Wednesday, 6 May 2015

Capital III, Chapter 3 - Part 7

2) s' constant, v variable, C changes through variation of v.

Again, the same kind of objections exist as registered for the previous example. If v is variable, then for the same capital, if v rises, because more labour-power is employed, then, given all of the constraints Marx set out, in respect of constant productivity etc., this increase in v must also result in an increase in c, as well as C. The reverse is also true.

Once again, the simple answer is to view each capital as that of separate firms in different industries.

“This case differs from the preceding one only in degree. Instead of decreasing or increasing by as much as v increases or decreases, c remains constant. Under present-day conditions in the major industries and agriculture the variable capital is only a relatively small part of the total capital. For this reason, its increase or decrease, so far as either is due to changes in the variable capital, are likewise relatively small.” (p 58-9)

If there are two capitals.

1) c 100 + v 20 + s 10; C = 120, s' +50%, p' = 8.33%

2) c 100 + v 30 + s 15; C = 130, s' = 50%, p' = 11.54%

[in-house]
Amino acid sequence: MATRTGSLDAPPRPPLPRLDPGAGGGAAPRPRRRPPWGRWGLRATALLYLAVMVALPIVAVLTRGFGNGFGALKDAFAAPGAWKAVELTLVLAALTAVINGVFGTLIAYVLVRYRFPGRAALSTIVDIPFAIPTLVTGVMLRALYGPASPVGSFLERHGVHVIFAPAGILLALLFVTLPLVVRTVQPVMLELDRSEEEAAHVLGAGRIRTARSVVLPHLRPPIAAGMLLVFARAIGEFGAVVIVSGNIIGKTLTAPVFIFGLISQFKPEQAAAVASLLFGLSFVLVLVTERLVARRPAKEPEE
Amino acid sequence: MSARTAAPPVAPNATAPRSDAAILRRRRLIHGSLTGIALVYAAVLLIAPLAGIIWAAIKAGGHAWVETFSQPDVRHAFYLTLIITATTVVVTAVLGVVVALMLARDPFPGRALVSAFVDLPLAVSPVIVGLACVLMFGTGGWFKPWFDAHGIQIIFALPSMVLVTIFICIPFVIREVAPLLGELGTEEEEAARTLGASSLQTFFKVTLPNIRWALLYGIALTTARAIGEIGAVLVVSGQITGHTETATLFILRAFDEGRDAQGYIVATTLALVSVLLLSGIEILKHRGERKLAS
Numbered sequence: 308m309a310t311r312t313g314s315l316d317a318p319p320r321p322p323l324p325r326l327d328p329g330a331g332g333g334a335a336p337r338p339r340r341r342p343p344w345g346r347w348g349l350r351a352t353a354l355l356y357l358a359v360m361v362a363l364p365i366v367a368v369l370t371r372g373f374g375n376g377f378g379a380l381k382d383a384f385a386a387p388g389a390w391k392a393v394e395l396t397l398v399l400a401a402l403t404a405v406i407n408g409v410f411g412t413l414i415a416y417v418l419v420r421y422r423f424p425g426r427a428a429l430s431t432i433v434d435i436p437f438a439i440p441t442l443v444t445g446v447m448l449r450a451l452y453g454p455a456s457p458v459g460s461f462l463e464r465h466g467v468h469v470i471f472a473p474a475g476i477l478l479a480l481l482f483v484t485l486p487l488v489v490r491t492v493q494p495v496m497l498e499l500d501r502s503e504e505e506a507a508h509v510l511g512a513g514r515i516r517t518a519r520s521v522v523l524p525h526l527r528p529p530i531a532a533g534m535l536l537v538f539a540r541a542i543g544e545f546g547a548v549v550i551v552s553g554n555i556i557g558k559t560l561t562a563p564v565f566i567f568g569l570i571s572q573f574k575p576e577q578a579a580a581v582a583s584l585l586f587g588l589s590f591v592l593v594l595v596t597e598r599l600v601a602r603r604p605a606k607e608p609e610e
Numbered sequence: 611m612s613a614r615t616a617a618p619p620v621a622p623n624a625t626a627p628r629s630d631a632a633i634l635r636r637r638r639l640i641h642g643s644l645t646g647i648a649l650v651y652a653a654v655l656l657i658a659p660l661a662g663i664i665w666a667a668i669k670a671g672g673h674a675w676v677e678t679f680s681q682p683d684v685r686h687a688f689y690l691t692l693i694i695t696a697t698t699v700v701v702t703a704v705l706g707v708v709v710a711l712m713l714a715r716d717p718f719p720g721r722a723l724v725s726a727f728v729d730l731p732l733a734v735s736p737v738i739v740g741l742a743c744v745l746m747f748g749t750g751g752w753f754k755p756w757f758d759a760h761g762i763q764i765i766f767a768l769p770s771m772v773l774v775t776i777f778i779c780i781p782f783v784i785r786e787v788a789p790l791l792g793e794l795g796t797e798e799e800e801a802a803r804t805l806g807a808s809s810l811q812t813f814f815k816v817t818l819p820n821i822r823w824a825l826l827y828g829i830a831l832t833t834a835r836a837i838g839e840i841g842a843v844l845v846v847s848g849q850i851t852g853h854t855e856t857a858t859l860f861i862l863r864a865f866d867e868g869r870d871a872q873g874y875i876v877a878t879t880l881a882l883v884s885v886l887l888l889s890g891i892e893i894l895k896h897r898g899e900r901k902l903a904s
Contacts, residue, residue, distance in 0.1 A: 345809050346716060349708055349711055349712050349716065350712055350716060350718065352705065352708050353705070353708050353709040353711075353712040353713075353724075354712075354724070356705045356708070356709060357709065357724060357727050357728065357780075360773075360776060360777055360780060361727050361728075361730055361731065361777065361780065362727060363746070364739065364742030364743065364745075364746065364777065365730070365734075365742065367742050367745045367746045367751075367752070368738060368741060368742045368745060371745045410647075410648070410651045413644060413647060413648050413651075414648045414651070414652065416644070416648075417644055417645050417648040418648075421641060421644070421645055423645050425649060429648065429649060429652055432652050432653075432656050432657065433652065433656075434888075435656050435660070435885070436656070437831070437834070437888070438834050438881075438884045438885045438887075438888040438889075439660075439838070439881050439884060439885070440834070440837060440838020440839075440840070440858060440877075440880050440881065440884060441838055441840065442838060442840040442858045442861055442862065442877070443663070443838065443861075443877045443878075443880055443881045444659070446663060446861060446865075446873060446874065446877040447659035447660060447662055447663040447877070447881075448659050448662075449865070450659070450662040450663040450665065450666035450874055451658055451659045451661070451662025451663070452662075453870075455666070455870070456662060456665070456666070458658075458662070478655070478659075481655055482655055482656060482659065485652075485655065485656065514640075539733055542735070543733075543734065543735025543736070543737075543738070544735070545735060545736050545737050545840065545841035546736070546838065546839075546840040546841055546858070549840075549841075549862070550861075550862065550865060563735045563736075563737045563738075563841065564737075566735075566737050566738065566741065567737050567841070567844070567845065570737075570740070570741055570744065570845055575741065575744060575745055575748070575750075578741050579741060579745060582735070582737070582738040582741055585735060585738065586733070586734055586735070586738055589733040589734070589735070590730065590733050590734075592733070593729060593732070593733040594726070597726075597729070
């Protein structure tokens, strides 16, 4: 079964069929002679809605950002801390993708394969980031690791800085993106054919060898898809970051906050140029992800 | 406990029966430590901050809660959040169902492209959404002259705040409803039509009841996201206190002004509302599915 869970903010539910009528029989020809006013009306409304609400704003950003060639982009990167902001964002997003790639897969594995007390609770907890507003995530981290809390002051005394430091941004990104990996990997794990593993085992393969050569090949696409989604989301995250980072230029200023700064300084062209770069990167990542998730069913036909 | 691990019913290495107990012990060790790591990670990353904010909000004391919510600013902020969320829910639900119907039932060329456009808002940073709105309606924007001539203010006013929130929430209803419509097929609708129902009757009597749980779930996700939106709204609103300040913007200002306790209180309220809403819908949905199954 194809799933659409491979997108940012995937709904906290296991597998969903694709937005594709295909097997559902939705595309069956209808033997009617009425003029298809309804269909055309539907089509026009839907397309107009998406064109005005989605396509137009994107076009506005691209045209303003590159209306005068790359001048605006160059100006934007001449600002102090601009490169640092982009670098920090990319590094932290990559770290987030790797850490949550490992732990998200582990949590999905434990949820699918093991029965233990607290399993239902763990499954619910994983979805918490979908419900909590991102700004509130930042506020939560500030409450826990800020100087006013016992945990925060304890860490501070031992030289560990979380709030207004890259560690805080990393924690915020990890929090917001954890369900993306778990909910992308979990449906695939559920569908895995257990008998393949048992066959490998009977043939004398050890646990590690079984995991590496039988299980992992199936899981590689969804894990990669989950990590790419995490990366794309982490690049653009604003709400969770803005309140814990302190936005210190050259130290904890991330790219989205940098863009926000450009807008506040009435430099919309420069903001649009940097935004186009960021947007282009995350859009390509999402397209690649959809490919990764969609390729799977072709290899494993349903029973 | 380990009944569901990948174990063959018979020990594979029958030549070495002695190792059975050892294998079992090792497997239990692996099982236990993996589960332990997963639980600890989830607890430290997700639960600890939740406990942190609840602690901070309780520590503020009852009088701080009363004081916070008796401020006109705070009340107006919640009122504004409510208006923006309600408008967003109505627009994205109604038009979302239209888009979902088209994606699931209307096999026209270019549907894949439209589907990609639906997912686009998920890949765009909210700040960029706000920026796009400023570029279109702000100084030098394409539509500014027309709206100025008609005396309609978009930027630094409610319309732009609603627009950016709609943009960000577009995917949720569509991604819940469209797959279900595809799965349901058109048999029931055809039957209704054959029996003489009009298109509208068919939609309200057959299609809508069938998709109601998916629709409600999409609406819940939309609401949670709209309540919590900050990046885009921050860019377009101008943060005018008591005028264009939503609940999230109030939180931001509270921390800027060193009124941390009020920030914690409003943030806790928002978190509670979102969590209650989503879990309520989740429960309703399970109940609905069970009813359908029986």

The higher organic composition of capital in 1) results in a lower rate of profit, even though the rate of surplus value is the same and the total capital employed is smaller. The difference results from the greater volume of surplus value produced in industry 2.

If this example is used in relation to a single capital, then we have to drop the assumption of no changes in productivity. Marx notes that it may be applied to agriculture, and in a note, Engels comments,

“The manuscript has the following note at this point: "Investigate later in what manner this case is connected with ground-rent."” (Note 9, p 51)

We can indeed consider a situation in agriculture where the productivity of labour rises or falls both in the same farm and certainly between farms. Setting aside short-term fluctuations of output, due to weather conditions etc., Marx describes elsewhere how annual application of constant capital, in the form of manure etc., can bring about a permanent change in the fertility of the soil. So, in this case, the same amount of of constant capital may be used, but either the same amount of labour-power then produces a larger output or the same output is produced with less requirement for labour.

As will be seen later in Marx's analysis of rent, these differences do play a part in the way rent is extracted.

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